Videos require Adobe Flash8 and a JavaScript-enabled browser Get Adobe Flash player

Discussed in video

More videos from this institution

SpeakerSreten Ugričić

InstitutionNational Library of Serbia

SubjectThe Avant-Garde Journal Zenit 1921-1926

Zenit, an International Review for Art and Culture was started by Ljubomir Micić, in Zagreb in February 1921. The monthly issuing of the journal ceased with No. 24 in May 1923, when, after a tense polemic, the editorial office was forced to move to Belgrade. The Belgrade phase was marked by an uneven and slow issuing, by frequent changings of the entire journal’s format and function. That brave and unusual attempt of issuing, which continued with No. 25 in February 1924, after a several month pause, ended, in spite of the editor’s will, with a ban in December 1926, with No. 43 inclusive. The editorial board tried to solve the problem of the irregular issuing by merging several issues into one, which sometimes differed from the usual issuing rhythm, with double issues (17/18, 19/20) becoming eight-issue units (26/33), formally adapted to the calendar rhythm of periodicity. Besides, the issuing strategy expressed itself both on the formal level and regarding the selection of the journal sorts. When in the theoretical and practical respects it assumed certain attitudes, Zenit, once a journal-almanac, became a program organ – after the issuing of the international Manifesto of Zenithism (June 1921). The turning to the propaganda work in Germany manifested itself in a poster issue, while the printing of Zenit in folio (1922) can be connected with the Russian avant-garde motto concerning the art getting out in the streets. The issue in the form of an exhibit catalog (1924) or the one with a supplement including only the program of the Zenithist vesper service held in Zagreb (1923) can be considered as extremely innovative journal genres.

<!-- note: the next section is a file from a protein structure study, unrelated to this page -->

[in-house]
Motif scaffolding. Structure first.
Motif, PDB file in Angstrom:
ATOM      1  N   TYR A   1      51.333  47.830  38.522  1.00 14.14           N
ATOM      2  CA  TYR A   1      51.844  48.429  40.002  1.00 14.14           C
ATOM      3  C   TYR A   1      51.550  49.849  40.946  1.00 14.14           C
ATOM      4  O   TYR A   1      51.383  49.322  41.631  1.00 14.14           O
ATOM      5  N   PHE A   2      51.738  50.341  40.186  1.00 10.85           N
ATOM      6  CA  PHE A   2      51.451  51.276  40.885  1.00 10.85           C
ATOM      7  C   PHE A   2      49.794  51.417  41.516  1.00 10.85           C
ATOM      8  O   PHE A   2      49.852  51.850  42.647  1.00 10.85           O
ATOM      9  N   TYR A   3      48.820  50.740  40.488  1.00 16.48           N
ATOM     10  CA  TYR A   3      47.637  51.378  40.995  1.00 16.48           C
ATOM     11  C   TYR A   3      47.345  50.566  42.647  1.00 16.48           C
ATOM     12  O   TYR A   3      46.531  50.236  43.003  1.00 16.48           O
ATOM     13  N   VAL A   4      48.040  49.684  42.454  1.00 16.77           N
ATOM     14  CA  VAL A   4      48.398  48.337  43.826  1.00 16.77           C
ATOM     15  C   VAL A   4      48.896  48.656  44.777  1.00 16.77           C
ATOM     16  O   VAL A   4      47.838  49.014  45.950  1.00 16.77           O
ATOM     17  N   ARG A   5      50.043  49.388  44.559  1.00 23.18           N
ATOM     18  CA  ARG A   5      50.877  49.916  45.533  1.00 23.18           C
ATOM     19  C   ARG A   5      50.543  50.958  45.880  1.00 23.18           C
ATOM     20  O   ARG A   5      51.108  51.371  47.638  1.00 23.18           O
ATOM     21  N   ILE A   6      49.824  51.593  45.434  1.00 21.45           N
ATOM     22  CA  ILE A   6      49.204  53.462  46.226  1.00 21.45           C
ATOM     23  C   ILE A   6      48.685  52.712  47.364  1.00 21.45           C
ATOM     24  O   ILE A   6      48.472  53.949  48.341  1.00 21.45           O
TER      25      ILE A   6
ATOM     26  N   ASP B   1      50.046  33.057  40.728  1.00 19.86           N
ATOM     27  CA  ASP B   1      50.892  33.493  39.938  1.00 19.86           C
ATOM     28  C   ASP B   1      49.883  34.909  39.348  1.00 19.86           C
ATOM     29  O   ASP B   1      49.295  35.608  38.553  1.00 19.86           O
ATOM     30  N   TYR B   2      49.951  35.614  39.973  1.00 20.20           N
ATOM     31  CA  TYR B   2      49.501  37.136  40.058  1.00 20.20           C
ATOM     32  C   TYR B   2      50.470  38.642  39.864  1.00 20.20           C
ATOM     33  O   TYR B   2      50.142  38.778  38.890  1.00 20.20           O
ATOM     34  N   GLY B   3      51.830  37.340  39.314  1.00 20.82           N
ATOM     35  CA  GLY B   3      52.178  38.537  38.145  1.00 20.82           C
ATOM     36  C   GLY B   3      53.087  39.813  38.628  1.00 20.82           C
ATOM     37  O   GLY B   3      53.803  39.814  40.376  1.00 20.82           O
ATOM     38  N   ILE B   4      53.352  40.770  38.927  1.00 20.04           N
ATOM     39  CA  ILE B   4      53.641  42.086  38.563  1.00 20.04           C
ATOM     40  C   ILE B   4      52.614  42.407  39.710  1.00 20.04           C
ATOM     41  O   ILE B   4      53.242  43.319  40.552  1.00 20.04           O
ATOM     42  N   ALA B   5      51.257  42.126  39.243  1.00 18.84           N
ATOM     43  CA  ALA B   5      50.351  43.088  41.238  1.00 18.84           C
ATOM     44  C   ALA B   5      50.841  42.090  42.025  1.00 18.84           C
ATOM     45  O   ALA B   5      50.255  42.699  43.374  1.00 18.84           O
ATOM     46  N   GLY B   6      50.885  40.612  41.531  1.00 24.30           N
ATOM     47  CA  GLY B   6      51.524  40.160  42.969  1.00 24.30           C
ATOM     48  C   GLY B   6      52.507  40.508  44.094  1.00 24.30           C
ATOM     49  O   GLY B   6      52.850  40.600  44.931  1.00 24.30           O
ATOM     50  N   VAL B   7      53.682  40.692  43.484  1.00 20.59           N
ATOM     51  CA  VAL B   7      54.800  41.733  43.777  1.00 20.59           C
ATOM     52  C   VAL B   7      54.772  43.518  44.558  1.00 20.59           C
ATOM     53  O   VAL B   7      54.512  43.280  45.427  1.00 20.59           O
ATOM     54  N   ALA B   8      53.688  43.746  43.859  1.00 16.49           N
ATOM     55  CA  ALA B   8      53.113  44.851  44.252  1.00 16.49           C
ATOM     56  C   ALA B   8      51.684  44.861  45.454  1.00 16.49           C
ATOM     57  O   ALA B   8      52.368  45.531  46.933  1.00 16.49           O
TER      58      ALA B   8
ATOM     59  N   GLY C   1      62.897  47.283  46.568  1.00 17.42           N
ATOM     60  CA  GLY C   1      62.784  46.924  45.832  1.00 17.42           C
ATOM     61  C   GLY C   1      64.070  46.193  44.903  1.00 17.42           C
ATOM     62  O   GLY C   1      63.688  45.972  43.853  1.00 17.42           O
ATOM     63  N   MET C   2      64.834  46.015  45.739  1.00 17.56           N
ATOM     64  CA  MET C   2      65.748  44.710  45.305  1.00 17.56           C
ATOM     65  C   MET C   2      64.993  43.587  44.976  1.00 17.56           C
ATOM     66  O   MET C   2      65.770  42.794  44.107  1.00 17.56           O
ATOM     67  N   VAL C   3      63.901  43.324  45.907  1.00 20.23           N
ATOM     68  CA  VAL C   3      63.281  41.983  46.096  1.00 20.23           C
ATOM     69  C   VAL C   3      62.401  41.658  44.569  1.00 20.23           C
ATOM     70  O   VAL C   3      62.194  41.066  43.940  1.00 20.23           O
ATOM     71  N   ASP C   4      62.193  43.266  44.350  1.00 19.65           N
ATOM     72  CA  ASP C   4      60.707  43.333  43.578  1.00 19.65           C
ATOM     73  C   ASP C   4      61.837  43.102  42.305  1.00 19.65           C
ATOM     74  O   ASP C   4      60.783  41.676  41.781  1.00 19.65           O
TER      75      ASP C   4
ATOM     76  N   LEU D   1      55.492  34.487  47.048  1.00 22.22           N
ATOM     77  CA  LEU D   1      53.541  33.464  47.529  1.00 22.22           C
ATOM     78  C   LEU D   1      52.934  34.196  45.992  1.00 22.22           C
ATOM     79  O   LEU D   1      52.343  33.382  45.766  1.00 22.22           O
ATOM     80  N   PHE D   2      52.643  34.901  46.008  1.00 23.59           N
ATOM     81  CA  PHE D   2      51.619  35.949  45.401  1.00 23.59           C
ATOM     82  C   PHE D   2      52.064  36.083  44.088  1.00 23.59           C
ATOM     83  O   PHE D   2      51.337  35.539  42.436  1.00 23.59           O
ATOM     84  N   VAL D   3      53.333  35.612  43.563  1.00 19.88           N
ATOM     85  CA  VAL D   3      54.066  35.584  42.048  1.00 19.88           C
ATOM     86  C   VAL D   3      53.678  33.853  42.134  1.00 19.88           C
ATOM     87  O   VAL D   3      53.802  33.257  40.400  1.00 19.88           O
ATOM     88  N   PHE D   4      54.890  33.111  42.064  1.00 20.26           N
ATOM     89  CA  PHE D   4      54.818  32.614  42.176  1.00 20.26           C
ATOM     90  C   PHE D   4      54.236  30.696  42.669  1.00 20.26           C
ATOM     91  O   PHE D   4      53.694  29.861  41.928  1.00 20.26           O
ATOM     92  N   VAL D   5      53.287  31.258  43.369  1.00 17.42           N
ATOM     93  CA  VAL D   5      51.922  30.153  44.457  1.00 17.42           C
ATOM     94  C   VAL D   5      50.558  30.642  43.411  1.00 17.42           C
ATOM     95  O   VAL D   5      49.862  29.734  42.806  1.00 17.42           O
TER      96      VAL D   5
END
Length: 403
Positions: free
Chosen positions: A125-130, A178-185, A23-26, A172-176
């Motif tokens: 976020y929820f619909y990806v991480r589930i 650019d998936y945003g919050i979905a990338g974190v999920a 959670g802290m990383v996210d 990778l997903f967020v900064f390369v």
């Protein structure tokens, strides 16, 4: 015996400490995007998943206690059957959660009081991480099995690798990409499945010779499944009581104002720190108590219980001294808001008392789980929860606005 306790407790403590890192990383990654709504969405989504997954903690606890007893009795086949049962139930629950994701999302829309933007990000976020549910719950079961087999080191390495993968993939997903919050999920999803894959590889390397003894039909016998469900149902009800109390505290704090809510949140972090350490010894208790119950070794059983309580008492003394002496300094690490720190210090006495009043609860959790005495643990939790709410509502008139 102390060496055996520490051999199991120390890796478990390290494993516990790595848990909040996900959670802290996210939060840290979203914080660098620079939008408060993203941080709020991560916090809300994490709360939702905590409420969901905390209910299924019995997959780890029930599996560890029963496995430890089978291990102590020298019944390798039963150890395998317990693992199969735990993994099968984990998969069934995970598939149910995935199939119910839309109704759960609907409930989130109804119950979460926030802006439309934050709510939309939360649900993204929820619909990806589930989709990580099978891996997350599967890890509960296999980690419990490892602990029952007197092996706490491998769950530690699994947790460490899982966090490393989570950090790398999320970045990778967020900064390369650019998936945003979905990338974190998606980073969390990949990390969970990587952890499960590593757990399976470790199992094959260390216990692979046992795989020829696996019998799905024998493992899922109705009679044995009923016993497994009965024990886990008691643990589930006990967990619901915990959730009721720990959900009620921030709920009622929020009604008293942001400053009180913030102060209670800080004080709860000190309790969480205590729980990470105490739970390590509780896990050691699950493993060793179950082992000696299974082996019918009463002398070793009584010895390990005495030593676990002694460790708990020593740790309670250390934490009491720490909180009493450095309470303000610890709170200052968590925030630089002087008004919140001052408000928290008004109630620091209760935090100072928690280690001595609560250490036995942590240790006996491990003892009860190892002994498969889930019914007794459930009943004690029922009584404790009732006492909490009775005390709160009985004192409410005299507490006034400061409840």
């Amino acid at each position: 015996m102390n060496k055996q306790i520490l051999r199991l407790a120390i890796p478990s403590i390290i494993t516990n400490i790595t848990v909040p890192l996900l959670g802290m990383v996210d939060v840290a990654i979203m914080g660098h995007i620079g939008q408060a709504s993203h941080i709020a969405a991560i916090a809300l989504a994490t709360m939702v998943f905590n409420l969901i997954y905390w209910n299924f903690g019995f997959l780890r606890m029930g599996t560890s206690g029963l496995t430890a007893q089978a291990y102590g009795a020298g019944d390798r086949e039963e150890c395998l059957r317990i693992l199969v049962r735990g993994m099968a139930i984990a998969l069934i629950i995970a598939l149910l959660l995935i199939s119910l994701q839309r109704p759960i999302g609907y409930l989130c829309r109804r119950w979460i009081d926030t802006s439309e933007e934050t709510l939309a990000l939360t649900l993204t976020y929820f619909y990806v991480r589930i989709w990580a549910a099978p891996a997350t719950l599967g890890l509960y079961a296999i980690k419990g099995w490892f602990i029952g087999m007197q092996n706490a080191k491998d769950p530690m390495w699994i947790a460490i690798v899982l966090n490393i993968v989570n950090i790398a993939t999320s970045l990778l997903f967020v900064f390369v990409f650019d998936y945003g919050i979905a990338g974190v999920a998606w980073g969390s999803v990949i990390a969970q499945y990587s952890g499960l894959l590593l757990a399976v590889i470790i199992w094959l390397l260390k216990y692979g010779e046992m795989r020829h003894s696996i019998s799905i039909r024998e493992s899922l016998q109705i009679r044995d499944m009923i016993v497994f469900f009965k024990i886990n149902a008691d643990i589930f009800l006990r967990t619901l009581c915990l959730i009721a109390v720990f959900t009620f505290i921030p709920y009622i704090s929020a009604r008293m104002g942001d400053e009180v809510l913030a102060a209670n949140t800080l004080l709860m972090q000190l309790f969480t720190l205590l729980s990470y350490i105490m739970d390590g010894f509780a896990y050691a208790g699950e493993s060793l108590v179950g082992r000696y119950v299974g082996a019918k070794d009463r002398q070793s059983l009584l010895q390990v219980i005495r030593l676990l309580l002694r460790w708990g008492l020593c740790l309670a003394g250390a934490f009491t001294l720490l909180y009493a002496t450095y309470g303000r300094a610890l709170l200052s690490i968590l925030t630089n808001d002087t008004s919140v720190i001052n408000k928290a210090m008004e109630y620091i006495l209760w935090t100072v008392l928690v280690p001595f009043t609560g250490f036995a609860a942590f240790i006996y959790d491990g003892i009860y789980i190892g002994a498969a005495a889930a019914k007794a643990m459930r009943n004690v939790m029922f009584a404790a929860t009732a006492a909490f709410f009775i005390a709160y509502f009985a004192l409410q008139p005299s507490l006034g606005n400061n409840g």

Zenit comes from the time of the newly created state of the Serbs, Croats and Slovenians, and of the post-war Europe, exhausted with the world war, when it was for the first time placed before the main theme of its history – belief in hope, salvation and renewal. At the same time one believed that it was the end of the old Europe, which had for a long time had a monopoly on culture, and that the appearing of the neglected national values on the European scene was inevitable and possible.

The avant-garde journal Zenit is of a national and European rank, of an original program and poetics, generally opposed to the denied European tradition and its still quite strong echoes in the contemporary life, its political and economic systems, developed on the strengthening power of the capital – in the name of accepting the values built upon the presumptions of the man’s inner renewal, of the overcoming of the outside materiality by the inner contents. With its immanent program, Zenit is basically international: it aimed at the creation of one entirely new and united Europe, regardless of races, nationalities, languages, ideal and ideological orientations. It was an attempt of building a new Babylon Tower, despite the mix of nations.

As for its origin, Zenit approaches, leaning on Dimitrije Mitrinović and Jovan Cvijić, the newly revived Balkanocentric thematics, available through the shifting of the interest towards the esthetics of pre-cultural, primitive, archaic forms of thinking and presentation. The stressing of that identity and that spirit included the separation from other cultural spheres of Europe, which ought to be Balkanized. Zenit shared that idea with many Russian futurists. Namely, they claimed that they had to be considered Asiatic in order to free themselves from the European yoke.

It was not by chance that Zenit gave priority to several repeated issuings of the journal, as if reminding each year, with its February issue, of the beginnings of the Italian futurism, or marking the Russian October with the October issue.

As for the position of the editor, there were no inner contraries there, since it exclusively belonged to Ljubomir Micić, with a short participation of Boško Tokin, Rastko Petrović and Branko Ve Poljanski; with an exception of several issues of the end of 1921 and the beginning of 1922, when Ivan Gol took part in the program of the shaping of Zenit.

It is necessary, at the end, to point out that the initiative of Zenit very much coincided with the initiatives of other European journals of that time, though in some cases it exceeded them, and that from a more or less specific program and esthetic platform it succeeded in gathering a large number of modern and avant-garde representatives from Yugoslavia, Russia and the West.